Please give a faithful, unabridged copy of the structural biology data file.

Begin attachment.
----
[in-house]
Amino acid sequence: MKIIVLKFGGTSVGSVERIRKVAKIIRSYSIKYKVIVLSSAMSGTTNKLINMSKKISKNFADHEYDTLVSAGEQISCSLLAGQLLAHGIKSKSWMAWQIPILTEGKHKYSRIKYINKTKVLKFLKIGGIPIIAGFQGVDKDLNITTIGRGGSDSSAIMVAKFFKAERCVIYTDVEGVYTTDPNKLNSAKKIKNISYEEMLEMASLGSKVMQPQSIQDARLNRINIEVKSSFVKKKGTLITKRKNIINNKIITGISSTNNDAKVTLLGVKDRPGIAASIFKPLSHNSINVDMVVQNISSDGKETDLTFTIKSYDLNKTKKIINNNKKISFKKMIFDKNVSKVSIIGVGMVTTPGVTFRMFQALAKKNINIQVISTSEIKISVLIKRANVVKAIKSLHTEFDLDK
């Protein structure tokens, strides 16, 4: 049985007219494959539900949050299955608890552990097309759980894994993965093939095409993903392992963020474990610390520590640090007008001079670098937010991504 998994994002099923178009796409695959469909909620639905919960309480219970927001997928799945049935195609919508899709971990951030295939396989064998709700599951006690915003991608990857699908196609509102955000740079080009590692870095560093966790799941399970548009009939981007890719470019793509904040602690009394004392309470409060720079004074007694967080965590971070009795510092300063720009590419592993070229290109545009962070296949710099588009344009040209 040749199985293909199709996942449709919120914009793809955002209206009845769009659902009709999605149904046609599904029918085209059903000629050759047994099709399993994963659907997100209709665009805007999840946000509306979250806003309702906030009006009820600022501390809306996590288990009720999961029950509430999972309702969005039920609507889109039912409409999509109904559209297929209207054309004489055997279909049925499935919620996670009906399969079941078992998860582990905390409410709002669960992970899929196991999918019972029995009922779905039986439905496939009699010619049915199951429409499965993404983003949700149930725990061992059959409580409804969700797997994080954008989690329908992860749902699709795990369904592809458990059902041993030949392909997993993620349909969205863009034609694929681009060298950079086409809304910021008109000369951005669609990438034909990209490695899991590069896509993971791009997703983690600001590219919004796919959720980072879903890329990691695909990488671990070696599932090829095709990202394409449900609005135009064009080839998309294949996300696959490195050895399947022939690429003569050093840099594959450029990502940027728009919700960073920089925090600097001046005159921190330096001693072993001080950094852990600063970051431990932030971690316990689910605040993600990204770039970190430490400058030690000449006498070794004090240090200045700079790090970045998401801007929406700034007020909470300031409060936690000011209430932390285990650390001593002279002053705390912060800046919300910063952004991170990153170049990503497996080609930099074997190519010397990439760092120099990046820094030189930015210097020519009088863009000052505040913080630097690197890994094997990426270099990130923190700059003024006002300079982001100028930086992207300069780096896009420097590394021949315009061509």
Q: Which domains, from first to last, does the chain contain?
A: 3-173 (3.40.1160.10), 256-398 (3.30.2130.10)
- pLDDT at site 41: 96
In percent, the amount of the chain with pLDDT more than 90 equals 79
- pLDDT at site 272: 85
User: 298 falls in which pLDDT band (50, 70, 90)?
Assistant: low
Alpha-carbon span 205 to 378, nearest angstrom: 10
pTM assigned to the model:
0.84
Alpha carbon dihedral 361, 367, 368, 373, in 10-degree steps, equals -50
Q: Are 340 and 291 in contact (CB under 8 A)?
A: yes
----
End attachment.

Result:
[in-house]
Amino acid sequence: MKIIVLKFGGTSVGSVERIRKVAKIIRSYSIKYKVIVLSSAMSGTTNKLINMSKKISKNFADHEYDTLVSAGEQISCSLLAGQLLAHGIKSKSWMAWQIPILTEGKHKYSRIKYINKTKVLKFLKIGGIPIIAGFQGVDKDLNITTIGRGGSDSSAIMVAKFFKAERCVIYTDVEGVYTTDPNKLNSAKKIKNISYEEMLEMASLGSKVMQPQSIQDARLNRINIEVKSSFVKKKGTLITKRKNIINNKIITGISSTNNDAKVTLLGVKDRPGIAASIFKPLSHNSINVDMVVQNISSDGKETDLTFTIKSYDLNKTKKIINNNKKISFKKMIFDKNVSKVSIIGVGMVTTPGVTFRMFQALAKKNINIQVISTSEIKISVLIKRANVVKAIKSLHTEFDLDK
């Protein structure tokens, strides 16, 4: 049985007219494959539900949050299955608890552990097309759980894994993965093939095409993903392992963020474990610390520590640090007008001079670098937010991504 998994994002099923178009796409695959469909909620639905919960309480219970927001997928799945049935195609919508899709971990951030295939396989064998709700599951006690915003991608990857699908196609509102955000740079080009590692870095560093966790799941399970548009009939981007890719470019793509904040602690009394004392309470409060720079004074007694967080965590971070009795510092300063720009590419592993070229290109545009962070296949710099588009344009040209 040749199985293909199709996942449709919120914009793809955002209206009845769009659902009709999605149904046609599904029918085209059903000629050759047994099709399993994963659907997100209709665009805007999840946000509306979250806003309702906030009006009820600022501390809306996590288990009720999961029950509430999972309702969005039920609507889109039912409409999509109904559209297929209207054309004489055997279909049925499935919620996670009906399969079941078992998860582990905390409410709002669960992970899929196991999918019972029995009922779905039986439905496939009699010619049915199951429409499965993404983003949700149930725990061992059959409580409804969700797997994080954008989690329908992860749902699709795990369904592809458990059902041993030949392909997993993620349909969205863009034609694929681009060298950079086409809304910021008109000369951005669609990438034909990209490695899991590069896509993971791009997703983690600001590219919004796919959720980072879903890329990691695909990488671990070696599932090829095709990202394409449900609005135009064009080839998309294949996300696959490195050895399947022939690429003569050093840099594959450029990502940027728009919700960073920089925090600097001046005159921190330096001693072993001080950094852990600063970051431990932030971690316990689910605040993600990204770039970190430490400058030690000449006498070794004090240090200045700079790090970045998401801007929406700034007020909470300031409060936690000011209430932390285990650390001593002279002053705390912060800046919300910063952004991170990153170049990503497996080609930099074997190519010397990439760092120099990046820094030189930015210097020519009088863009000052505040913080630097690197890994094997990426270099990130923190700059003024006002300079982001100028930086992207300069780096896009420097590394021949315009061509």
Q: Which domains, from first to last, does the chain contain?
A: 3-173 (3.40.1160.10), 256-398 (3.30.2130.10)
- pLDDT at site 41: 96
In percent, the amount of the chain with pLDDT more than 90 equals 79
- pLDDT at site 272: 85
User: 298 falls in which pLDDT band (50, 70, 90)?
Assistant: low
Alpha-carbon span 205 to 378, nearest angstrom: 10
pTM assigned to the model:
0.84
Alpha carbon dihedral 361, 367, 368, 373, in 10-degree steps, equals -50
Q: Are 340 and 291 in contact (CB under 8 A)?
A: yes